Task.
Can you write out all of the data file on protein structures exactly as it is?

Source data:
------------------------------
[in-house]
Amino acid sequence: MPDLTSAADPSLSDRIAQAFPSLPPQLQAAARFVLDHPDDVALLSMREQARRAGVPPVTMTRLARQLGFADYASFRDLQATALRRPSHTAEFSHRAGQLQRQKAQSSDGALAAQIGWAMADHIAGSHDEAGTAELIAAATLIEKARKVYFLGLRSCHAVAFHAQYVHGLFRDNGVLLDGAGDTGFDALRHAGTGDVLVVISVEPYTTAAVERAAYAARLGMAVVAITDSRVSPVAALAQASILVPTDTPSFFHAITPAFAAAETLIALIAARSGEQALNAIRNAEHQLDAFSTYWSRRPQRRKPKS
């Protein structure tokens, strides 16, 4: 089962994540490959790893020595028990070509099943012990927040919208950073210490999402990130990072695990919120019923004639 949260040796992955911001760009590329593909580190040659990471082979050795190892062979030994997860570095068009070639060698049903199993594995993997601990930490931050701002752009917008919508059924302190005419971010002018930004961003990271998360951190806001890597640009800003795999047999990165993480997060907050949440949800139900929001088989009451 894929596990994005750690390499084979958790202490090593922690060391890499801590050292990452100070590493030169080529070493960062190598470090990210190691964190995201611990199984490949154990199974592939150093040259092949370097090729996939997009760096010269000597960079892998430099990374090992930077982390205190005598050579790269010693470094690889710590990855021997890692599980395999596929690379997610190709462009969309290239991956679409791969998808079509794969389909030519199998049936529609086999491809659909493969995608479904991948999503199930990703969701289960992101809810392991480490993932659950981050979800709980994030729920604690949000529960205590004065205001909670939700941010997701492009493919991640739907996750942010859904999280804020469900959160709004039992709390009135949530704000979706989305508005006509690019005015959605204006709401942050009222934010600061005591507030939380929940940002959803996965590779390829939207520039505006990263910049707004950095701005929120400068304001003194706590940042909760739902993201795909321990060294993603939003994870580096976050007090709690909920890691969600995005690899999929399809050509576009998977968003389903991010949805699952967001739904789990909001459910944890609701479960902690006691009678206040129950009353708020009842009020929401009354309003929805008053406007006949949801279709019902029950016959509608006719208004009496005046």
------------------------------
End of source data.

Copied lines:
[in-house]
Amino acid sequence: MPDLTSAADPSLSDRIAQAFPSLPPQLQAAARFVLDHPDDVALLSMREQARRAGVPPVTMTRLARQLGFADYASFRDLQATALRRPSHTAEFSHRAGQLQRQKAQSSDGALAAQIGWAMADHIAGSHDEAGTAELIAAATLIEKARKVYFLGLRSCHAVAFHAQYVHGLFRDNGVLLDGAGDTGFDALRHAGTGDVLVVISVEPYTTAAVERAAYAARLGMAVVAITDSRVSPVAALAQASILVPTDTPSFFHAITPAFAAAETLIALIAARSGEQALNAIRNAEHQLDAFSTYWSRRPQRRKPKS
């Protein structure tokens, strides 16, 4: 089962994540490959790893020595028990070509099943012990927040919208950073210490999402990130990072695990919120019923004639 949260040796992955911001760009590329593909580190040659990471082979050795190892062979030994997860570095068009070639060698049903199993594995993997601990930490931050701002752009917008919508059924302190005419971010002018930004961003990271998360951190806001890597640009800003795999047999990165993480997060907050949440949800139900929001088989009451 894929596990994005750690390499084979958790202490090593922690060391890499801590050292990452100070590493030169080529070493960062190598470090990210190691964190995201611990199984490949154990199974592939150093040259092949370097090729996939997009760096010269000597960079892998430099990374090992930077982390205190005598050579790269010693470094690889710590990855021997890692599980395999596929690379997610190709462009969309290239991956679409791969998808079509794969389909030519199998049936529609086999491809659909493969995608479904991948999503199930990703969701289960992101809810392991480490993932659950981050979800709980994030729920604690949000529960205590004065205001909670939700941010997701492009493919991640739907996750942010859904999280804020469900959160709004039992709390009135949530704000979706989305508005006509690019005015959605204006709401942050009222934010600061005591507030939380929940940002959803996965590779390829939207520039505006990263910049707004950095701005929120400068304001003194706590940042909760739902993201795909321990060294993603939003994870580096976050007090709690909920890691969600995005690899999929399809050509576009998977968003389903991010949805699952967001739904789990909001459910944890609701479960902690006691009678206040129950009353708020009842009020929401009354309003929805008053406007006949949801279709019902029950016959509608006719208004009496005046």